Sunday, September 20, 2009

In Defense Of Drew Tatusko's Position On Scripture Continued

Continuing from my last post: TheoPoetic Musings: Scripture And Liberty Of Conscience: In Defense Of Drew Tatusko's Position On Scripture

Here is the Greek Text of John 14. The keywords I would like to highlight are commandments, words and Comforter. In Greek these words are respectively: ἐντολὰς which deals with a prescriptive injunction of religious law, ῥήματα which is distinct from the Logos(Christ) and literally means "Divine Utterances"---but does not refer to the bible and finally, παράκλητον who is the Guide that God sent to lead us to all Truths.

Thirdly, in all things Christ has authority as per:
ΚΑΤΑ ΜΑΤΘΑΙΟΝ 28:18 Greek NT: Westcott/Hort with Diacritics
καὶ προσελθὼν ὁ Ἰησοῦς ἐλάλησεν αὐτοῖς λέγων· ἐδόθη μοι πᾶσα ἐξουσία ἐν οὐρανῷ καὶ ἐπὶ [τῆς] γῆς.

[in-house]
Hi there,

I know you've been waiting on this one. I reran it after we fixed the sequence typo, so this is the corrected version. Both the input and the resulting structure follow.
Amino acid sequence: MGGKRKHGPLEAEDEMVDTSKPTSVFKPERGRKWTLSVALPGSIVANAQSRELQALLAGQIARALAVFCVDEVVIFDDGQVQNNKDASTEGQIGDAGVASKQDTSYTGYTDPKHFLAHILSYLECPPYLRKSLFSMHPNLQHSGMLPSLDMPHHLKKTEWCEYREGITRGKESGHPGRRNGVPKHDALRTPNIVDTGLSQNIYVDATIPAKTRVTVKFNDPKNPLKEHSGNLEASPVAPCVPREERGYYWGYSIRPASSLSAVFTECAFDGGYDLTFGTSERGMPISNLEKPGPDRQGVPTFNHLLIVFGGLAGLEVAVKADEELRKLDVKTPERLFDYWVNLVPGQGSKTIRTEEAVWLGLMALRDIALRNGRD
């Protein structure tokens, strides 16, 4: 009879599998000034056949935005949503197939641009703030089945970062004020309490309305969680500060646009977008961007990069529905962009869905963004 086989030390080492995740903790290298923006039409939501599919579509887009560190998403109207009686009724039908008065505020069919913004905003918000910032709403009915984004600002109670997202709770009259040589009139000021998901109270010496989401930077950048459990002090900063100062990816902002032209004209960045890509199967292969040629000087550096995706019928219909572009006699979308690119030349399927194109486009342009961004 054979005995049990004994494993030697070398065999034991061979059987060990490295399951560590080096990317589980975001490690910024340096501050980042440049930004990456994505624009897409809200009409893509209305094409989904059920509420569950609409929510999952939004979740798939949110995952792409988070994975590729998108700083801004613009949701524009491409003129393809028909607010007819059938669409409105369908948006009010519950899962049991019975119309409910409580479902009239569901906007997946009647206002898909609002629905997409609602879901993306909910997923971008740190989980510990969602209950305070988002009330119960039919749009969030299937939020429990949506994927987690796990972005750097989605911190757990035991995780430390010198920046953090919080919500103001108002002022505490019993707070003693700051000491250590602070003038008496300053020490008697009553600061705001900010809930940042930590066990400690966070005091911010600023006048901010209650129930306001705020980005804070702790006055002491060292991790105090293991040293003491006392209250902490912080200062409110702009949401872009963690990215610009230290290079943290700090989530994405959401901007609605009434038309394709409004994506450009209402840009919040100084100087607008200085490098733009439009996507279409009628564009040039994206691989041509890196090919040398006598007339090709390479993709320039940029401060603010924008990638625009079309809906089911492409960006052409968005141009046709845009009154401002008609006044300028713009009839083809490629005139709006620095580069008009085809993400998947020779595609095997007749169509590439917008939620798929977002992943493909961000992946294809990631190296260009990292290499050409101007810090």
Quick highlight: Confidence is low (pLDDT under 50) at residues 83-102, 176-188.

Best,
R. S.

Notice how there is no mention of βύβλος (the bible) nor ῥήματα (the Divine Utterances) in this verse but as it plainly states:
And Jesus came and said to them, "All authority in heaven and on earth has been given to me. (RSV)
Therefore we can conclude that any authority the scripture has is imbued to it through Christ via the Holy Spirit.

Next here are some Baptist views of scripture:
Baptist Faith And Message 1963---I. THE SCRIPTURES

The Holy Bible was written by men divinely inspired and is the record of Gods revelation of Himself to man. It is a perfect treasure of divine instruction. It has God for its author, salvation for its end, and truth, without any mixture of error, for its matter. It reveals the principles by which God judges us; and therefore is, and will remain to the end of the world, the true center of Christian union, and the supreme standard by which all human conduct, creeds, and religious opinions should be tried. The criterion by which the Bible is to be interpreted is Jesus Christ.

Ex 24:4; De 4:1-2; 17:19; Jos 8:34
Psa 19:7-10; 119:11, 89, 105, 140
Isa 34:16; 40:8; Jer 15:16; 36:1-32
Mat 5:17-18; 22:29; Lu 21:33; 24:44-46
Joh 5:39; 16:13-15; 17:17; Ac 2:16; 17:11
Rom 15:4; 16:25-26; 2Ti 3:15-17
Heb 1:1-2; 4:12; 1Pe 1:25; 2Pe 1:19-21

Roger Williams said:
"Christ is King alone over conscience is the sum of all true preaching."